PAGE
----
Entry and training – How does one end up in the National Service? Soon after my eighteenth birthday in December 1950, I received a brown envelope marked OHMS ordering me to report to a Drill Hall in Blackheath for a medical examination. Without question I attended and after an interview, a sight and hearing test, finally dropping my trousers to be poked with a swagger stick and told to cough (I did not ask where the stick had been before my turn), the result was Passed A1. Then it was back to work as a Trainee Surveyor on a building site.
Early Spring I received some documents, a travel warrant to be exchanged at Paddington Station for a ticket to Gobowen, a station in Shropshire, and to take my Ration book. It was on the 5th of April when I arrived and I could see snow still on the tops of what seemed mountains, before being loaded into lorries and transported to Park Hall Lines, Oswestry. This was a complete shock: being ordered about, collecting uniform and equipment, marching to meals, wrapping civilian clothes in brown paper and sending them home.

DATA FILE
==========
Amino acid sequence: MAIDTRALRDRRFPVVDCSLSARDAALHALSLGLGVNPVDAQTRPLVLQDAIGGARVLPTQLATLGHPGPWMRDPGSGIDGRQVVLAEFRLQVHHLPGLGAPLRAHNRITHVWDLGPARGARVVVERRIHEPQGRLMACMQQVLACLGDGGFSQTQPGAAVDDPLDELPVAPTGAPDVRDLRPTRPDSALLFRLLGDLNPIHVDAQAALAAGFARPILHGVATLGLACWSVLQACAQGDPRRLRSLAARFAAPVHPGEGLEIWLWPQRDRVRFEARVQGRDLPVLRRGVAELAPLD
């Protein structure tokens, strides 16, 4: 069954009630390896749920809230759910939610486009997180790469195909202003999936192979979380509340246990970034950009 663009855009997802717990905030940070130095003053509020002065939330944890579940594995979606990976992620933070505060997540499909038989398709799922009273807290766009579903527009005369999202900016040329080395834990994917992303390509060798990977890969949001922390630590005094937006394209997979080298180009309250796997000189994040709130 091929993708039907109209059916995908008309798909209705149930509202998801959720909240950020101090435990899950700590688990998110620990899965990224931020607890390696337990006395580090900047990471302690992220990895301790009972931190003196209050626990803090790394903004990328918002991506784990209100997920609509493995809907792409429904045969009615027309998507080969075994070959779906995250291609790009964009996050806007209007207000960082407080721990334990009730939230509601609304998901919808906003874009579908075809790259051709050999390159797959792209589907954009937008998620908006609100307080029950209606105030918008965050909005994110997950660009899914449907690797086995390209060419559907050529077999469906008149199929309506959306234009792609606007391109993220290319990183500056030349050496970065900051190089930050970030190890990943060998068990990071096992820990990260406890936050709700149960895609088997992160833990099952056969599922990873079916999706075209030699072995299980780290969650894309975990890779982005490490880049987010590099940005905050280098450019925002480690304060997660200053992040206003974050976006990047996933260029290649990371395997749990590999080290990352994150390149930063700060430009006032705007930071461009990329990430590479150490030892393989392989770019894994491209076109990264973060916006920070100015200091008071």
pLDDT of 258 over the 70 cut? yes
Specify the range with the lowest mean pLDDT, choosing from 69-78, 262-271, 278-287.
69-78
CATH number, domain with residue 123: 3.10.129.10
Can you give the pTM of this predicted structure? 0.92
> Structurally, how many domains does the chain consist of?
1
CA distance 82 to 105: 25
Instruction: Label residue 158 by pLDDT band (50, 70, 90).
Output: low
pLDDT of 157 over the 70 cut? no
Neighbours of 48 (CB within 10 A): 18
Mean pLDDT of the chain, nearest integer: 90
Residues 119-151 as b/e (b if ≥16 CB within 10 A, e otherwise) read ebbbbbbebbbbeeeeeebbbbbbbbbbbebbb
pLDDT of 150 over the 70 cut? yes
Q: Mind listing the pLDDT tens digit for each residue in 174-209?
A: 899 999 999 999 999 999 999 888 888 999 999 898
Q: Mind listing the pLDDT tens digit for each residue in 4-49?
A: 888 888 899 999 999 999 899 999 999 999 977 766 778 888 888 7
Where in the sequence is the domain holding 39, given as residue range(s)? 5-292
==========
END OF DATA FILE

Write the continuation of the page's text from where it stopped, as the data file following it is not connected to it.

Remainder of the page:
The main thing was you became a number. This was duly written on a cigarette packet or the back of your hand. This proved to be unnecessary, as after 60 years I can still reel it off and the shortened version, the last three. Drill took place on the square or if it was raining in corrugated roof, open-fronted sheds. After two weeks we were allowed to wear a cap badge, have a group photo which cost half a crown and go into Oswestry.
We were then selected for various training regiments and I was sent to the School of Artillery for survey training. How we traveled from Shropshire to Wiltshire is a complete mystery.